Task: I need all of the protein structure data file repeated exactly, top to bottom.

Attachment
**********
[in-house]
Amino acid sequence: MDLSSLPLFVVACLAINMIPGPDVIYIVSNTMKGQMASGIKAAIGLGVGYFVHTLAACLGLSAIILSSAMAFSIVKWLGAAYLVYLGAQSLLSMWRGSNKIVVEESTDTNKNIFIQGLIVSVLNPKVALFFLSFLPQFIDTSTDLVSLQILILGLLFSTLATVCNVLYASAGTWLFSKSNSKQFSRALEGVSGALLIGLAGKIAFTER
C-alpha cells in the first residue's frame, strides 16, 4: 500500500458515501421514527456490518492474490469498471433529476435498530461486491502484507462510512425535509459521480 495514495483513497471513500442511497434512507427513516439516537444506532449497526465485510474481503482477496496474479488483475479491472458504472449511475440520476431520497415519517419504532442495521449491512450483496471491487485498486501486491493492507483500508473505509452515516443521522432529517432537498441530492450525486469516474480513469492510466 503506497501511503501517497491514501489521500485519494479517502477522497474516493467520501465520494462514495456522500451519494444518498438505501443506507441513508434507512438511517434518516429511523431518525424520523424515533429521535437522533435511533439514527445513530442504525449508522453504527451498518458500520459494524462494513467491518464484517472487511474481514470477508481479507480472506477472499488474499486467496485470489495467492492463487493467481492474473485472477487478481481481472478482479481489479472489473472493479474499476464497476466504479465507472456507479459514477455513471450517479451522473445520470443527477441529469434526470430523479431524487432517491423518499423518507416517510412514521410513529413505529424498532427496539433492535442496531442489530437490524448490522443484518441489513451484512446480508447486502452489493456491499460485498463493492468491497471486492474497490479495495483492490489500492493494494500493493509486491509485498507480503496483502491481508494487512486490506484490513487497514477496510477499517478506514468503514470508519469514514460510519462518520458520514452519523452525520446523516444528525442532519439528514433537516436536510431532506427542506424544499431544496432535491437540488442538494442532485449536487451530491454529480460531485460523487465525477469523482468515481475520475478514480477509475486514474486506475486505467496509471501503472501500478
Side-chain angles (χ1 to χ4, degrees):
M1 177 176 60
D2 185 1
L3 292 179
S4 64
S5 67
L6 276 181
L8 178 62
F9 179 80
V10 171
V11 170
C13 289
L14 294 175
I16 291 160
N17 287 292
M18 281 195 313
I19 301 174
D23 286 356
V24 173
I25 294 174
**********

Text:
[in-house]
Amino acid sequence: MDLSSLPLFVVACLAINMIPGPDVIYIVSNTMKGQMASGIKAAIGLGVGYFVHTLAACLGLSAIILSSAMAFSIVKWLGAAYLVYLGAQSLLSMWRGSNKIVVEESTDTNKNIFIQGLIVSVLNPKVALFFLSFLPQFIDTSTDLVSLQILILGLLFSTLATVCNVLYASAGTWLFSKSNSKQFSRALEGVSGALLIGLAGKIAFTER
C-alpha cells in the first residue's frame, strides 16, 4: 500500500458515501421514527456490518492474490469498471433529476435498530461486491502484507462510512425535509459521480 495514495483513497471513500442511497434512507427513516439516537444506532449497526465485510474481503482477496496474479488483475479491472458504472449511475440520476431520497415519517419504532442495521449491512450483496471491487485498486501486491493492507483500508473505509452515516443521522432529517432537498441530492450525486469516474480513469492510466 503506497501511503501517497491514501489521500485519494479517502477522497474516493467520501465520494462514495456522500451519494444518498438505501443506507441513508434507512438511517434518516429511523431518525424520523424515533429521535437522533435511533439514527445513530442504525449508522453504527451498518458500520459494524462494513467491518464484517472487511474481514470477508481479507480472506477472499488474499486467496485470489495467492492463487493467481492474473485472477487478481481481472478482479481489479472489473472493479474499476464497476466504479465507472456507479459514477455513471450517479451522473445520470443527477441529469434526470430523479431524487432517491423518499423518507416517510412514521410513529413505529424498532427496539433492535442496531442489530437490524448490522443484518441489513451484512446480508447486502452489493456491499460485498463493492468491497471486492474497490479495495483492490489500492493494494500493493509486491509485498507480503496483502491481508494487512486490506484490513487497514477496510477499517478506514468503514470508519469514514460510519462518520458520514452519523452525520446523516444528525442532519439528514433537516436536510431532506427542506424544499431544496432535491437540488442538494442532485449536487451530491454529480460531485460523487465525477469523482468515481475520475478514480477509475486514474486506475486505467496509471501503472501500478
Side-chain angles (χ1 to χ4, degrees):
M1 177 176 60
D2 185 1
L3 292 179
S4 64
S5 67
L6 276 181
L8 178 62
F9 179 80
V10 171
V11 170
C13 289
L14 294 175
I16 291 160
N17 287 292
M18 281 195 313
I19 301 174
D23 286 356
V24 173
I25 294 174